I’ve recently heard commentary from the most unlikely sources concerning the ‘legitimacy’ of online casting and was surprised that this is still a discussion point.
There are still concerns with some sites, but each has its target market, which may not suit all voice actors – the choice is an individual one.
In 2015 if you’re not online you’re not really in the game. On-line casting sites are simply a place to showcase your talent to a large global audience, which you may or may not have been exposed to before.
For some reason there is still push back from certain quarters and this is baffling. The most successful business’ today are online, people shop, search and bank online, in fact just about everything is done online.
People under 30 have known nothing else, so why do some people still think a young producer will get on the phone?
When business’s decline it is usually due to an inability to adapt.
Around ten years ago I could see the fracturing of the industry globally, some say it was due to the online market, the home studio or the industry not reacting quickly enough to change. These are all partly true.
Change is not always a problem, most of the time it’s an opportunity.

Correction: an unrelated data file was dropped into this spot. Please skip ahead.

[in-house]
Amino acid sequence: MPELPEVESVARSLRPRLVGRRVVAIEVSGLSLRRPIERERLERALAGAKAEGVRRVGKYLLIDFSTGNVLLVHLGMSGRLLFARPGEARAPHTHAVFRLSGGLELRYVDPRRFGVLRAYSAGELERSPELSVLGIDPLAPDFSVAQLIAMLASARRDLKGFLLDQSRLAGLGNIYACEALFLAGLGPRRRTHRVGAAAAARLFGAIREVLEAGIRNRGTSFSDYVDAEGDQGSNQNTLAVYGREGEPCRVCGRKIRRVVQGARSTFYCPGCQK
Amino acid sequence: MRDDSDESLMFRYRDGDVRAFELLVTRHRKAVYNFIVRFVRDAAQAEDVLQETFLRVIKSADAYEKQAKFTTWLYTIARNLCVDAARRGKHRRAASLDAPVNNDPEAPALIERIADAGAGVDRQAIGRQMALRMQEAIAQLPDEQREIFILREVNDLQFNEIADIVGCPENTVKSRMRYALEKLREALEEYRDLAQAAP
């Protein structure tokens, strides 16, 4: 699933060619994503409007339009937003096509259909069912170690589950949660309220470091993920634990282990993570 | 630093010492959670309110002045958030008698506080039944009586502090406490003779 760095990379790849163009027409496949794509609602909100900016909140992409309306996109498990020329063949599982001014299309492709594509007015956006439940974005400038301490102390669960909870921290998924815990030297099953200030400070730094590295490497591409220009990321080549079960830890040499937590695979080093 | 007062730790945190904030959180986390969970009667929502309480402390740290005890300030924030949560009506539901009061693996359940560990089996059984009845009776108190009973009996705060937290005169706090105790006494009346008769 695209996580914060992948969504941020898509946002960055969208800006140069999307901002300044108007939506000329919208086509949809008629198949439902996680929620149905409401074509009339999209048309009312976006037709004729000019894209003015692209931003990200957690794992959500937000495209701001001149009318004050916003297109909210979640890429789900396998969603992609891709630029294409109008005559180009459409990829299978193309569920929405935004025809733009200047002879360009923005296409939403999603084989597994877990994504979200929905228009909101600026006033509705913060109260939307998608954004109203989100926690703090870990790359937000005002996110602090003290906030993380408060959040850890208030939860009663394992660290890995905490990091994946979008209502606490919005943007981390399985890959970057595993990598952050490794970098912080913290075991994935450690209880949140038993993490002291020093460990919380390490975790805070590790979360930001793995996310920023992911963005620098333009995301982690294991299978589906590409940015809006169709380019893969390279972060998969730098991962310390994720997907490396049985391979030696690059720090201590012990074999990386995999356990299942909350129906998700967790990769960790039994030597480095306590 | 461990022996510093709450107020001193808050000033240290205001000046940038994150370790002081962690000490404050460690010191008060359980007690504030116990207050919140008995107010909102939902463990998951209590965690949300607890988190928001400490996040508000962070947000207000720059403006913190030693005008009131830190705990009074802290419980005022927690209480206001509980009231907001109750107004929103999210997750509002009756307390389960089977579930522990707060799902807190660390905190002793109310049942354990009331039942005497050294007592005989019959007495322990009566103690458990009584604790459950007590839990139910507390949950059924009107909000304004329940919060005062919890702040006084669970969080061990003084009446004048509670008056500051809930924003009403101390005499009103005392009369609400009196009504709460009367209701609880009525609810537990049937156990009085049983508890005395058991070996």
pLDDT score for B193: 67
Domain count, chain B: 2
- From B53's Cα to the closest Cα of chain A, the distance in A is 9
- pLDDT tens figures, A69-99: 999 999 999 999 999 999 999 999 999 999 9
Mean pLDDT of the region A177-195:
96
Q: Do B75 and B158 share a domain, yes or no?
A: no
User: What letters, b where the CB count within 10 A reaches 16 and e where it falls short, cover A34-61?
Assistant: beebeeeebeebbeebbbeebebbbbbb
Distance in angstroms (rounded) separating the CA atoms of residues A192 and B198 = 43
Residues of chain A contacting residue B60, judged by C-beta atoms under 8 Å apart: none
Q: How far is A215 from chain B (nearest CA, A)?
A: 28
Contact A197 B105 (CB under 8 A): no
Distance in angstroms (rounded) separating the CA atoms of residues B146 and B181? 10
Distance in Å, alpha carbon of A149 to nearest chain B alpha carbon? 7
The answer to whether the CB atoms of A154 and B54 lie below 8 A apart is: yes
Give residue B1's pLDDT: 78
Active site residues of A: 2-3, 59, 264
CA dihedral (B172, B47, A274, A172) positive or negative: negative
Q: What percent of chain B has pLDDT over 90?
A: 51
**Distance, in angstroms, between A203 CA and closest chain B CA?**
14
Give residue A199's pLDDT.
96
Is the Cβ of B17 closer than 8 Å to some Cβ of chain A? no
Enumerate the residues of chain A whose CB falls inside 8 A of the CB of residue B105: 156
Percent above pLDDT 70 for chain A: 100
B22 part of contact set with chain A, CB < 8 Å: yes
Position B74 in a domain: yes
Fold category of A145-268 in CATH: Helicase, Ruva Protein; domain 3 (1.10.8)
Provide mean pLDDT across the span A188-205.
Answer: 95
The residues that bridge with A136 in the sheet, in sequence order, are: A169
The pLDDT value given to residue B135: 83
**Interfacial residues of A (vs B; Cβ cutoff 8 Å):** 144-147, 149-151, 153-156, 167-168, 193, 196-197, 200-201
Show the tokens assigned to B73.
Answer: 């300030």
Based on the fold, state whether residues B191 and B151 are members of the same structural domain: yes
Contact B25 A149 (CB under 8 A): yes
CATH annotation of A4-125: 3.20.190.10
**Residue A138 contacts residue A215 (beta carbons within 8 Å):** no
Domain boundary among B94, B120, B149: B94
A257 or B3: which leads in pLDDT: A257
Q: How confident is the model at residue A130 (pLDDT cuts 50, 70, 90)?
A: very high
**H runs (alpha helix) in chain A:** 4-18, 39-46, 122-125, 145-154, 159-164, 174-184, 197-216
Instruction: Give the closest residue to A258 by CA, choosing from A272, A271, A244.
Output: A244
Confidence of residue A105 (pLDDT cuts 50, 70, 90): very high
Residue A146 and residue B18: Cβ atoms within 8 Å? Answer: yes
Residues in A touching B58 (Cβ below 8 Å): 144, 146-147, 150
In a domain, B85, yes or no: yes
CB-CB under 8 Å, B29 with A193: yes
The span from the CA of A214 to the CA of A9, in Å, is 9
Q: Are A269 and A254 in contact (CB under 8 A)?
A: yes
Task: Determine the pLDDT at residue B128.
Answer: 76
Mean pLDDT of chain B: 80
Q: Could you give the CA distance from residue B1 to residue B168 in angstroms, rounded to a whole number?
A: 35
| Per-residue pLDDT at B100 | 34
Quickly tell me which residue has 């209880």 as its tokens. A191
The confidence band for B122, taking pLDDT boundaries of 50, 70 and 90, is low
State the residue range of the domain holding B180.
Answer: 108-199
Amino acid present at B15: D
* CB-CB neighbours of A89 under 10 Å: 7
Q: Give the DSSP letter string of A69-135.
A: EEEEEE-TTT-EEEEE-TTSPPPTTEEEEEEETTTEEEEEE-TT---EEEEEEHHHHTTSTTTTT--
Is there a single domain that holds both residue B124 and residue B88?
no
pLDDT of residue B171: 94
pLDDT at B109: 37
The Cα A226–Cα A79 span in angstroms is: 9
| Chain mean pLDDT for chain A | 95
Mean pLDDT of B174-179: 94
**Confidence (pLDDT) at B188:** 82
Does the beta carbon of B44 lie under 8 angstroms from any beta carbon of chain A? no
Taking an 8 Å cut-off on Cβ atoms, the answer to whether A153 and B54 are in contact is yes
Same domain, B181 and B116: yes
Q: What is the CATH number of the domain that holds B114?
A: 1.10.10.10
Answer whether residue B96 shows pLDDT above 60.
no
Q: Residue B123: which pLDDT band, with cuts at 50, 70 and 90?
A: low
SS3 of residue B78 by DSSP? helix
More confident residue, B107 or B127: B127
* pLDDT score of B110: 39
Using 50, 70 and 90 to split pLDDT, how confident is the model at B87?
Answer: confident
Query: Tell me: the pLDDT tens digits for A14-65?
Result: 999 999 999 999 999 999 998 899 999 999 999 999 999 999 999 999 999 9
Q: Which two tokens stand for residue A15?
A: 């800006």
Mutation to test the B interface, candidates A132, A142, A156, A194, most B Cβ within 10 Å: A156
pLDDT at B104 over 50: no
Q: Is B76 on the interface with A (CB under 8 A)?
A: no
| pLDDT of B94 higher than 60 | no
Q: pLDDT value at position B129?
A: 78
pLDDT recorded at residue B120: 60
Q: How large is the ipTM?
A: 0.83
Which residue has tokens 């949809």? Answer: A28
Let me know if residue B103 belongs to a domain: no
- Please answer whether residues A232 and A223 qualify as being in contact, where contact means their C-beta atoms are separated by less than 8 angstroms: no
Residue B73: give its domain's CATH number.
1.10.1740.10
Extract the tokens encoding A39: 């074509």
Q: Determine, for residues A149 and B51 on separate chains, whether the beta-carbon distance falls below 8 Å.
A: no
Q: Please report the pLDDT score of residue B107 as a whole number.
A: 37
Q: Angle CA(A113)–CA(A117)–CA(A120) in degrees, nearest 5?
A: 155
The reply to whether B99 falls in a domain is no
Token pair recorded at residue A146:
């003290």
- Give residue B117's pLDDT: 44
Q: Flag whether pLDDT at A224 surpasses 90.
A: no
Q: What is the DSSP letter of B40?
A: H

The choice is yours to select the site that best reflects you as a talent.
Realtime Casting was built to offer the professional industry an online tool that truly reflects their skill and expertise allowing them to compete in an appropriate environment.
What has surprised me is that we are still being asked the same questions.
Online offers potential clients the ability to find and book talent simply and quickly, it is not the future of our industry it is the present. We need to embrace the site that’s the ‘right fit’ and encourage it to grow.
As a footnote I want to share this email with you from, we shall call them ‘John Doe’.
I feel there’s still a misunderstanding about them (RTC) with voice agents and I frankly just don’t get it.
I say, it’s good for all of us.
- They’re not taking work away from pro’s. They only use pro’s.
- Their rates are the Union/industry agreed rates.
- They link to agents
- They may call for auditions from home studios but they often book a professional studio for the job. So they’re not diminishing work that gets done in sound studios.
It’s clear that RTC are not huge players, but they are legit, playing by all the rules, and simply offering opportunities for work in a global landscape.
What Andrew Peters wanted to do in the beginning was set up a ‘professional’ online directory that said ‘if you want a premium voice actor, this is where you’ll find one’, as a serious alternative to Voices 123, Voices.com and those sites that would (and do) seek to under-cut and undermine our rates.
Founder Realtime Casting and fulltime voice actor